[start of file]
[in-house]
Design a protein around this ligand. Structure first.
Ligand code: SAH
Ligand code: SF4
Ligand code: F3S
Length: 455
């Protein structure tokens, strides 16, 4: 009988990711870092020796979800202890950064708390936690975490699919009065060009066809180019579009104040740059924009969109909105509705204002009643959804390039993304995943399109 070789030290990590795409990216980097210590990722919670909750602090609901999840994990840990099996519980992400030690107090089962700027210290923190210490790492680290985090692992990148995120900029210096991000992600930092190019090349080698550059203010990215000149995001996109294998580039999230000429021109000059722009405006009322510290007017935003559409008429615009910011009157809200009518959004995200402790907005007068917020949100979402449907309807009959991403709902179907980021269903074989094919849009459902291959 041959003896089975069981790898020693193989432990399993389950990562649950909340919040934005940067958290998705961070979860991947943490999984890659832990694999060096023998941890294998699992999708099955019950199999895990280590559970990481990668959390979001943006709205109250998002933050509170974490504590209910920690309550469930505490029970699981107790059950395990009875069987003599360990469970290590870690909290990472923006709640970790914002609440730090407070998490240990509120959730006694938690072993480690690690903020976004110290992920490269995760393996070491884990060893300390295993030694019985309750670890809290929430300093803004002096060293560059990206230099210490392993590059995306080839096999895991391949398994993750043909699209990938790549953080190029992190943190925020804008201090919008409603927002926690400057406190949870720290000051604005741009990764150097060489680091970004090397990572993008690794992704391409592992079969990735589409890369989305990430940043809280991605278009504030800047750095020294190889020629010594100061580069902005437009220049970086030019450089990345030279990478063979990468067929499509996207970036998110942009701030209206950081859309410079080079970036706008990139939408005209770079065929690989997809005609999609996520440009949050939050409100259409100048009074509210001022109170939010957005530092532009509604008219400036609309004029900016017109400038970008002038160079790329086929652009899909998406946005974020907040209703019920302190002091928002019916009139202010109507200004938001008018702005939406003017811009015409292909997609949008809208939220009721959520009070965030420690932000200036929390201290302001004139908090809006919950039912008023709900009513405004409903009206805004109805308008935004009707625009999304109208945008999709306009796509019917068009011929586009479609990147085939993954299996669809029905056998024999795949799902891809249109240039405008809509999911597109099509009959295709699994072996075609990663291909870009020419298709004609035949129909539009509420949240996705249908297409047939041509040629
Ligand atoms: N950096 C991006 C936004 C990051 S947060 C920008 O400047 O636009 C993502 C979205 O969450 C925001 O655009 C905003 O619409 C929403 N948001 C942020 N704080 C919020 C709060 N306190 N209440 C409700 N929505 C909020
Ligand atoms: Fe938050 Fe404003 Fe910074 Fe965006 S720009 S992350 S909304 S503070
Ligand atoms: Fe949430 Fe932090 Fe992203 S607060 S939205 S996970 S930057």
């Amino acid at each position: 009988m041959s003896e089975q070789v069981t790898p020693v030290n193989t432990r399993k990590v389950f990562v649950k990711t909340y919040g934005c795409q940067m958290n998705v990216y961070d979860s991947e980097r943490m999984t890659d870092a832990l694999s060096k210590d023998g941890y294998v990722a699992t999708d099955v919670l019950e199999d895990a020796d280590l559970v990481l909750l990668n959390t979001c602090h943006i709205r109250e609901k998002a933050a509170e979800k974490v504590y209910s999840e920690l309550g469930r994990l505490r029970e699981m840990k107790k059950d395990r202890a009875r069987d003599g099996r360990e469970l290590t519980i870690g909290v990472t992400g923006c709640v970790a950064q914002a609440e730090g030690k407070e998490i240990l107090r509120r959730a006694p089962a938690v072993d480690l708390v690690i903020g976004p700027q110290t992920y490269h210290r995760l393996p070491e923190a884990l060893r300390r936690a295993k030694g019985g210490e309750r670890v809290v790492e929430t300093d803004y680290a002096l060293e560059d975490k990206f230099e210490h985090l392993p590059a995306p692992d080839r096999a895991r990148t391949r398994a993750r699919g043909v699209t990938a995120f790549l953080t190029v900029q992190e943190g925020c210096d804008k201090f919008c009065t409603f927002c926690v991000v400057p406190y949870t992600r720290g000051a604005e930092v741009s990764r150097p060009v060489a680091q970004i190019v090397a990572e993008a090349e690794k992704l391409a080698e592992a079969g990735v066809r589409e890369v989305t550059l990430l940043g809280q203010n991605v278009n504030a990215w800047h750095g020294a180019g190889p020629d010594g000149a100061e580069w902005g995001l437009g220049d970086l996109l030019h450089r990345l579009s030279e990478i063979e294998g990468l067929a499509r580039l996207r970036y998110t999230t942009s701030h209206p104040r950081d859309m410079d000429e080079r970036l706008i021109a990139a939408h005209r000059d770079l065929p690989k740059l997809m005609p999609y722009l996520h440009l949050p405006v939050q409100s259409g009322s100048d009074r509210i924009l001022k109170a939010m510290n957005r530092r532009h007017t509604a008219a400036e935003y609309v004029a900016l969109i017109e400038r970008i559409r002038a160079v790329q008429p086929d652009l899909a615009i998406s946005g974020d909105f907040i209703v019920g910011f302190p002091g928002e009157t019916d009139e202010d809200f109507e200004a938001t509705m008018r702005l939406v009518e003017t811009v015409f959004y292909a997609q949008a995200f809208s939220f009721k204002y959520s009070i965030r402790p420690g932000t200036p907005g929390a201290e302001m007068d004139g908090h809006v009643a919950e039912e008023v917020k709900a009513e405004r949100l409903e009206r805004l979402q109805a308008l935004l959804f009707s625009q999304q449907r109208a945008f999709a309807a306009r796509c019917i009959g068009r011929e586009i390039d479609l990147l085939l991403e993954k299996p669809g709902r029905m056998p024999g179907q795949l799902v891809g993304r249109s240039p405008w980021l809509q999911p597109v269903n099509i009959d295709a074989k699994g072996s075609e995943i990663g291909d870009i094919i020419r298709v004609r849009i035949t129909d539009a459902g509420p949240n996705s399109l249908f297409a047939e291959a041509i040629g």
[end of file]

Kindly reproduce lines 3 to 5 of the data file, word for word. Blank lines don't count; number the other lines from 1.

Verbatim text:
Ligand code: SAH
Ligand code: SF4
Ligand code: F3S